Someone pushed back and said, “But you might need it down the road, especially if conditions in our economy worsen.” But it isn’t a question of what we may need “down the road”. It is a question of what we “need” now. And we have no need now. If a church does have a current “need”, it is the responsibility of its members to supply it. And even if we are in a place 9 months or a year from now where our staff and employees need help, we are committed to trusting God to work through his people to provide for his people, rather than trusting the government to do so.

As a result of the consistent giving of our people, we have kept all of our staff, both full time and part time, on their regular pay. No one has been fired, furloughed, or suffered a cutback in salary. If circumstances develop where we are unable to continue this policy, it is the responsibility of the covenant members of Bridgeway, not the U.S. government or the Small Business Administration to step up and ensure that those who minister faithfully for the gospel are supported. If the people of Bridgeway, for whatever reason, do not supply the funds necessary for our church to function, we will make the necessary adjustments. If God chooses not to supply what we need to cover our payroll and pay our bills, perhaps this would be his indication that the church needs to close.

I would much prefer to dissolve the church and find another job than to look to a secular, godless government to pay my salary and that of our staff.

Fourth, could not the money that our churches have taken from the government been put to better and more productive use by those small, tax-paying businesses that have been shut down entirely by the Covid-19 crisis? Nothing that I’ve said in this article is an indictment of the PPP. Although the long-term economic impact of the government supplying the country with so much money is yet to be seen, I’m grateful that this program has enabled numerous small businesses to survive.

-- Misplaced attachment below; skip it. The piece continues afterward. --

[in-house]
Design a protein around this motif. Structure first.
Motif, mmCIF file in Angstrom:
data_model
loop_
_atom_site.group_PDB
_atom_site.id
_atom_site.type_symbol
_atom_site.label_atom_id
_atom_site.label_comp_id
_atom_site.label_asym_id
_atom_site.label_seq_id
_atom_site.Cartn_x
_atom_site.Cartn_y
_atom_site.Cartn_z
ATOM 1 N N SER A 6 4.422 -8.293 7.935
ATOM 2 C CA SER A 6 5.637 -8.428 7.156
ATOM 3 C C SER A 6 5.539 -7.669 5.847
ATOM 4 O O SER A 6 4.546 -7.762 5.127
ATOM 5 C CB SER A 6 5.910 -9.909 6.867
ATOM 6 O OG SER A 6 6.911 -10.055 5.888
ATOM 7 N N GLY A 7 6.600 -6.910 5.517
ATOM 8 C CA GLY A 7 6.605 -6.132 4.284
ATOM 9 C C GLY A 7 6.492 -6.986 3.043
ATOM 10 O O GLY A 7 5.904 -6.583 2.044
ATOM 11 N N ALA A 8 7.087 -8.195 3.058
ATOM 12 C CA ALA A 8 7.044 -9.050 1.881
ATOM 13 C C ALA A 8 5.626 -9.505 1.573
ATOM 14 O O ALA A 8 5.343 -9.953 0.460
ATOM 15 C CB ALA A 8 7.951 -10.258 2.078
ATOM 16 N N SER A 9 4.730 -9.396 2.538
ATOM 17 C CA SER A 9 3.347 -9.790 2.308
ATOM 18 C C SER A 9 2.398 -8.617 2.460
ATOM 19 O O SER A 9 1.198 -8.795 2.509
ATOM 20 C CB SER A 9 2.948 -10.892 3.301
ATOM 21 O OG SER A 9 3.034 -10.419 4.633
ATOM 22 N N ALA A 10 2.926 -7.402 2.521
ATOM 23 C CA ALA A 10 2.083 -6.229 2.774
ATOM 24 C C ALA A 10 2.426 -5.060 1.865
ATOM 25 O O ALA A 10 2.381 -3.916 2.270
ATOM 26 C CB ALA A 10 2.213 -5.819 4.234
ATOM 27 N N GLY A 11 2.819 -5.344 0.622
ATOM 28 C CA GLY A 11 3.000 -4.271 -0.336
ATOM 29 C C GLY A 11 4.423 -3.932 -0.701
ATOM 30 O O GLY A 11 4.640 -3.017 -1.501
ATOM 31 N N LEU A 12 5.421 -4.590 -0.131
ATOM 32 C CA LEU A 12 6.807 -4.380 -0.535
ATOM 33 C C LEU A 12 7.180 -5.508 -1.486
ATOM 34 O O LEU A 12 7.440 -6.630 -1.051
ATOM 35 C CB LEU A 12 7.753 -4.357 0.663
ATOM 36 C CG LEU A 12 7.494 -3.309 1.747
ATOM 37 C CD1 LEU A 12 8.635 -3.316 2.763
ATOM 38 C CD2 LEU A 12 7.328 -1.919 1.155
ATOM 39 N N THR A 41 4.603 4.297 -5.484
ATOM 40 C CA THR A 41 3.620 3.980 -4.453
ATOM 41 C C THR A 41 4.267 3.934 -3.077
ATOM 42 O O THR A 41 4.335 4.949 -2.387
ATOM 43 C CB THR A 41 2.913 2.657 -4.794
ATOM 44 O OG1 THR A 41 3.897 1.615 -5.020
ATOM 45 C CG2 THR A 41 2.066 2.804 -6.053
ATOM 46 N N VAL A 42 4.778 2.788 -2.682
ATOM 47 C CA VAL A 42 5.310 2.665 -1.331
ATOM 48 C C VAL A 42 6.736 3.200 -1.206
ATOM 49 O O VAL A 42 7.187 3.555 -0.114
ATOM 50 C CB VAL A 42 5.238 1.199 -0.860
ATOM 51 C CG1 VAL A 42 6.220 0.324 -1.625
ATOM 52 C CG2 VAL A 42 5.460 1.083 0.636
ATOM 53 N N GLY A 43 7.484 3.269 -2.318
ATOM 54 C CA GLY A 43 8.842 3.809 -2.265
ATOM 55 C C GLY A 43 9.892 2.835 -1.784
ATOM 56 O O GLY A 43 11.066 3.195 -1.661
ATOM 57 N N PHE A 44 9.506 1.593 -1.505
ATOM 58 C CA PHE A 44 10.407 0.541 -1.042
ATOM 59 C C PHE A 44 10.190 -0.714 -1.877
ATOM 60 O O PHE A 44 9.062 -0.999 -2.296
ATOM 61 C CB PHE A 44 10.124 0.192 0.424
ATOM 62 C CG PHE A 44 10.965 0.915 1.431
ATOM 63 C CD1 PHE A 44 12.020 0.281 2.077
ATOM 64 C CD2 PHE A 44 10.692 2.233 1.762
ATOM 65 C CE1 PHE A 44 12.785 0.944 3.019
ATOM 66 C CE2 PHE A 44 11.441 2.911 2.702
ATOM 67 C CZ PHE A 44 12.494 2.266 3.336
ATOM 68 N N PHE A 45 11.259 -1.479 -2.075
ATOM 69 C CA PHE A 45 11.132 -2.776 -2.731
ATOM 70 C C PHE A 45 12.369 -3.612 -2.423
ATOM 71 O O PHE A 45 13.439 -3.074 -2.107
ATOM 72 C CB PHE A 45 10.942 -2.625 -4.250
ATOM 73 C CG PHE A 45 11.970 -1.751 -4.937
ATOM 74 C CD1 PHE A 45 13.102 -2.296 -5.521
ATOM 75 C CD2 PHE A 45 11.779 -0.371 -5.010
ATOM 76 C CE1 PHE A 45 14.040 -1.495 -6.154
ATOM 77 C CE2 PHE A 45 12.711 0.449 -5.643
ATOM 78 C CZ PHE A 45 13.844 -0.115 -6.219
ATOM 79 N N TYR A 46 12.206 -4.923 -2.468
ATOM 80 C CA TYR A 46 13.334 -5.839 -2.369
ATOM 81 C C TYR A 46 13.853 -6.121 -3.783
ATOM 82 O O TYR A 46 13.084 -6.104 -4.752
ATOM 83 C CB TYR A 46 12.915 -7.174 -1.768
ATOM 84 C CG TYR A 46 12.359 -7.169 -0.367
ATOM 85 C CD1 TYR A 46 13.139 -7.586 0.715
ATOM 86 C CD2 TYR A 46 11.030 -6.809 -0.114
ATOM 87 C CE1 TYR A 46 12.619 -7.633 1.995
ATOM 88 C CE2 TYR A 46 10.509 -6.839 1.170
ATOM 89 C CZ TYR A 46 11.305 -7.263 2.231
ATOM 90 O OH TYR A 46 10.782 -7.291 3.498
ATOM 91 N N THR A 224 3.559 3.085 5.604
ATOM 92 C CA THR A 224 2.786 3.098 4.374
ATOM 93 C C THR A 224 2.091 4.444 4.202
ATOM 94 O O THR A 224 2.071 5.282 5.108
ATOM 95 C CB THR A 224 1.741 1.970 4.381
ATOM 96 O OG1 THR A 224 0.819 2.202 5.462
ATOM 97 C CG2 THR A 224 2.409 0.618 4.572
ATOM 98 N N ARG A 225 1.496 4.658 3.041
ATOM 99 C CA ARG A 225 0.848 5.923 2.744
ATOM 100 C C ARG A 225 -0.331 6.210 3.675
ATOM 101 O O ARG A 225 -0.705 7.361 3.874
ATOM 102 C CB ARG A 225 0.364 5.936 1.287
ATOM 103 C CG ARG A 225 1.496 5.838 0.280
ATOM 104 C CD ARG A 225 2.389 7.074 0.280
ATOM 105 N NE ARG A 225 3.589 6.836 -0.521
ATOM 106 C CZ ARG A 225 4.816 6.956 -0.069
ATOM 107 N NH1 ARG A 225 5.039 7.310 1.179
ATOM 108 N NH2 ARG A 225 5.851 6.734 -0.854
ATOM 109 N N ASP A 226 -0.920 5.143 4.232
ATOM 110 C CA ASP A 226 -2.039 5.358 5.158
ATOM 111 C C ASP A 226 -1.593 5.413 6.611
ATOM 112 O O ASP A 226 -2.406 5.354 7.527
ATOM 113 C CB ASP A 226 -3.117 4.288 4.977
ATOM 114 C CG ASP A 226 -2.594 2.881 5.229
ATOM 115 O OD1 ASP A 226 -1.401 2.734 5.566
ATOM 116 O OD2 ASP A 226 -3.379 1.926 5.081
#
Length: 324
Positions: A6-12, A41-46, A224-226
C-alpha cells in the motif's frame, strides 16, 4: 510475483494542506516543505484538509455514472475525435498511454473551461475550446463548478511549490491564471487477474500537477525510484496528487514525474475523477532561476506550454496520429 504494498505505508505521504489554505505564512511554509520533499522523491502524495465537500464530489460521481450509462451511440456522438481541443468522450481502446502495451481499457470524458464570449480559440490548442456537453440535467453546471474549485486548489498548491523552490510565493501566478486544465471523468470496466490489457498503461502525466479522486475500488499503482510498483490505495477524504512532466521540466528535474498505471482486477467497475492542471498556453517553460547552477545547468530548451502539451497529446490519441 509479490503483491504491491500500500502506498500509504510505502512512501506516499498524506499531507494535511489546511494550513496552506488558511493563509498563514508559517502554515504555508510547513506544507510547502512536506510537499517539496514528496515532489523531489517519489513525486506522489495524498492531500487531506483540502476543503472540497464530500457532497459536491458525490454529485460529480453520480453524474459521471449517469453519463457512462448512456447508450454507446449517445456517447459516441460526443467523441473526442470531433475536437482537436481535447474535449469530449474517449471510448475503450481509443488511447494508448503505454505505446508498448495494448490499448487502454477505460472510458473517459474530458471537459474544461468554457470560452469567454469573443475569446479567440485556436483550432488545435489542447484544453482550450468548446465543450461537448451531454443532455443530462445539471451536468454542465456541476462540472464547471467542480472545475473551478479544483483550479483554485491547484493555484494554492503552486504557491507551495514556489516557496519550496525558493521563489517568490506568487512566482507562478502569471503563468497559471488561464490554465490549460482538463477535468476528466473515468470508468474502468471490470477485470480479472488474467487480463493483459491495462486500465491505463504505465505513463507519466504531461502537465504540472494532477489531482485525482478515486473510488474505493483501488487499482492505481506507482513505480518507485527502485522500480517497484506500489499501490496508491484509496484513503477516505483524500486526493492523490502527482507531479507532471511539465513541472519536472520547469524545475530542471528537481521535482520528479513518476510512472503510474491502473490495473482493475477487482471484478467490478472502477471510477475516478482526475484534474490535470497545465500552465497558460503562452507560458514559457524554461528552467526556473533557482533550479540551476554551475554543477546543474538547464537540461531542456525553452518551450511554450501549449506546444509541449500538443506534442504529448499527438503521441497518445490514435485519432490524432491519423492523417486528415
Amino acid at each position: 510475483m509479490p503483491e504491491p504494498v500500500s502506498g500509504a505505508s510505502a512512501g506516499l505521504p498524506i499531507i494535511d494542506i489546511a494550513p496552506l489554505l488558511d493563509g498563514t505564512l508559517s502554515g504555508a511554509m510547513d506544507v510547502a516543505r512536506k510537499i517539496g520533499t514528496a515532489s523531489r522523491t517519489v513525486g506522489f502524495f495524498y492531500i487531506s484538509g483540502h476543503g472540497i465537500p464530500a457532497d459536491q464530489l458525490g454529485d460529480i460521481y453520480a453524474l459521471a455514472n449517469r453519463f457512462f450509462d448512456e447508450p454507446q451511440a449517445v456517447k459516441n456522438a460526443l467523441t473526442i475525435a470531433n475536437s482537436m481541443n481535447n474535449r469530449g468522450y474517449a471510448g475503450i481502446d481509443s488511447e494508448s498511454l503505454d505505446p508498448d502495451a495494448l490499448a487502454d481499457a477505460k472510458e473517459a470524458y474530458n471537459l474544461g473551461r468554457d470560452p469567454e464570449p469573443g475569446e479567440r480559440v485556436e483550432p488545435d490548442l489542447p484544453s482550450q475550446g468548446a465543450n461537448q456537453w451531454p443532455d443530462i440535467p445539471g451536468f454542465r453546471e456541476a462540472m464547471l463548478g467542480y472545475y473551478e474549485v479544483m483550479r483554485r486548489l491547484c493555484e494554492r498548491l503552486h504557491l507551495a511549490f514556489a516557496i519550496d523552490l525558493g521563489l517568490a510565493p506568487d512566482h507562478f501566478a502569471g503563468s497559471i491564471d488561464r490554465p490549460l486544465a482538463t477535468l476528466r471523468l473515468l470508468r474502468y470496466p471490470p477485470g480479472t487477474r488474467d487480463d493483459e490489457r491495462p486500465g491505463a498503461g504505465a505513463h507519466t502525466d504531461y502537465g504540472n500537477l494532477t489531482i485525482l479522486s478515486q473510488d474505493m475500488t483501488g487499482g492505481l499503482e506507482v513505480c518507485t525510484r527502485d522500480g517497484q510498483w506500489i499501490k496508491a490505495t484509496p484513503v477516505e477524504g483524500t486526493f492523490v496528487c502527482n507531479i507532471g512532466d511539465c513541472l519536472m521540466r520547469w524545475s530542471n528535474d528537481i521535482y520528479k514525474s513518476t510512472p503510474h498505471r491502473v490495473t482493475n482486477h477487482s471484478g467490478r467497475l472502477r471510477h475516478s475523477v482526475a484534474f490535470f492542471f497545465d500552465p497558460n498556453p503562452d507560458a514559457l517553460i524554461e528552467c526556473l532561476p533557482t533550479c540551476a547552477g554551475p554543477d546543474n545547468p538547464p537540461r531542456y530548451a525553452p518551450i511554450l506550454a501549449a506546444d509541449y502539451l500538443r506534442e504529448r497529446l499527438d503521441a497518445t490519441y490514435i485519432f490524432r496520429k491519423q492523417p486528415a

Fifth, I am fully aware of the assurance that the government has made that our freedom to worship and conduct ministry according to Scripture will not be infringed or restricted simply because a church has taken government funds. I am fully aware that the government has promised that it will never impose regulations on the church that would require that we violate our biblical and moral convictions concerning whom to hire, as well as our stance on issues of so-called same-sex marriage, abortion, and other related matters. But as I’m sure you are aware, it only takes a different man in the White House, a different ruling party in both Congress and the Senate, and a different composition on the Supreme Court to overturn and reverse any so-called assurances or promises that had been previously made.

The bottom line is that I’m thankful for our government. It has been instituted by God for our good, to provide a social order in which we may freely worship in accordance with Scripture. But I don’t trust our government (or any other government on earth). And I refuse to be beholden to any government for having accepted the offer of financial assistance in a time of crisis.

I would close by asking my believing friends: Is it really the case that your people have ceased giving to such a degree that you can’t support your pastoral staff? Is it really the case that you don’t have enough in a reserve bank account to cover the needs of the church until the pandemic has passed? Is it really the case that other adjustments to church life and expenses can’t be made in order to keep all employees at full pay during this crisis? Is it really the case that you can’t trust God to supply the needs of his church through the sacrificial giving of those whom Christ has redeemed? Is it really the case that you want to depend upon the “Gentiles” to sustain the ministry to which God has called you?

In the final analysis, each Christian leader and/or ministry must follow their individual conscience and conviction on what the NT teaches. My aim in this article was simply to explain my belief and the practice of Bridgeway Church.



I have not discussed the details with the leadership at our church, but I believe that we used the funds to pay school and daycare workers rather than the pastoral staff.
I really appreciated this post about why Bridgeway reached their decision not to apply for funds.
Thanks for sharing this, it summed up our feelings at Epiphany Church of Gloucester City where I serve as the founding Pastor. I have recently learned that just about every Church leader I've talked to DID take the PPP loan so it was very helpful to have you spell out why Bridgeway did not.
I agree with everything stated here. Half of our government hates Christianity. I believe we are either near or in the beginning of sorrows. Governments are going to be at war with the saints. Trust in God,not the world system